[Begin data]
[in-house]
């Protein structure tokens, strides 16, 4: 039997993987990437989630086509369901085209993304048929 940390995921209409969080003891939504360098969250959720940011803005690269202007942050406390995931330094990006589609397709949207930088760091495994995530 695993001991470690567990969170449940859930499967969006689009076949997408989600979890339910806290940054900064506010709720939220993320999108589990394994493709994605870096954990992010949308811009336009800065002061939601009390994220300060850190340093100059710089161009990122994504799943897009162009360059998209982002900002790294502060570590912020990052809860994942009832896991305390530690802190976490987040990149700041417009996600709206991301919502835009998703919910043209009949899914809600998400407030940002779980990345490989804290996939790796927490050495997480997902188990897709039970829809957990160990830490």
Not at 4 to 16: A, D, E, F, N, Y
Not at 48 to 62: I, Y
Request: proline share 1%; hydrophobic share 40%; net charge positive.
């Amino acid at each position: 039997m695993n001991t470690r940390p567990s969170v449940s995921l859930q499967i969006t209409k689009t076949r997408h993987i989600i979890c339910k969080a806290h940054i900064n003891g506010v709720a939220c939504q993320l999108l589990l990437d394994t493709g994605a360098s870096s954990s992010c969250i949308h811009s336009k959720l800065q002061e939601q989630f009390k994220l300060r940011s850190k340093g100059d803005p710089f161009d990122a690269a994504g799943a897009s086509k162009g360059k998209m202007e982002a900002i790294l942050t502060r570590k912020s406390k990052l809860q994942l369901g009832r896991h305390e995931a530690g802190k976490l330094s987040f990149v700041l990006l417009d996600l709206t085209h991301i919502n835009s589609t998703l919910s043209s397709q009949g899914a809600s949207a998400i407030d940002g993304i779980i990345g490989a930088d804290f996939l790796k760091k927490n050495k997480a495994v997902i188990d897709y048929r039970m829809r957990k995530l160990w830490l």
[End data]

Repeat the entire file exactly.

[in-house]
């Protein structure tokens, strides 16, 4: 039997993987990437989630086509369901085209993304048929 940390995921209409969080003891939504360098969250959720940011803005690269202007942050406390995931330094990006589609397709949207930088760091495994995530 695993001991470690567990969170449940859930499967969006689009076949997408989600979890339910806290940054900064506010709720939220993320999108589990394994493709994605870096954990992010949308811009336009800065002061939601009390994220300060850190340093100059710089161009990122994504799943897009162009360059998209982002900002790294502060570590912020990052809860994942009832896991305390530690802190976490987040990149700041417009996600709206991301919502835009998703919910043209009949899914809600998400407030940002779980990345490989804290996939790796927490050495997480997902188990897709039970829809957990160990830490």
Not at 4 to 16: A, D, E, F, N, Y
Not at 48 to 62: I, Y
Request: proline share 1%; hydrophobic share 40%; net charge positive.
């Amino acid at each position: 039997m695993n001991t470690r940390p567990s969170v449940s995921l859930q499967i969006t209409k689009t076949r997408h993987i989600i979890c339910k969080a806290h940054i900064n003891g506010v709720a939220c939504q993320l999108l589990l990437d394994t493709g994605a360098s870096s954990s992010c969250i949308h811009s336009k959720l800065q002061e939601q989630f009390k994220l300060r940011s850190k340093g100059d803005p710089f161009d990122a690269a994504g799943a897009s086509k162009g360059k998209m202007e982002a900002i790294l942050t502060r570590k912020s406390k990052l809860q994942l369901g009832r896991h305390e995931a530690g802190k976490l330094s987040f990149v700041l990006l417009d996600l709206t085209h991301i919502n835009s589609t998703l919910s043209s397709q009949g899914a809600s949207a998400i407030d940002g993304i779980i990345g490989a930088d804290f996939l790796k760091k927490n050495k997480a495994v997902i188990d897709y048929r039970m829809r957990k995530l160990w830490l």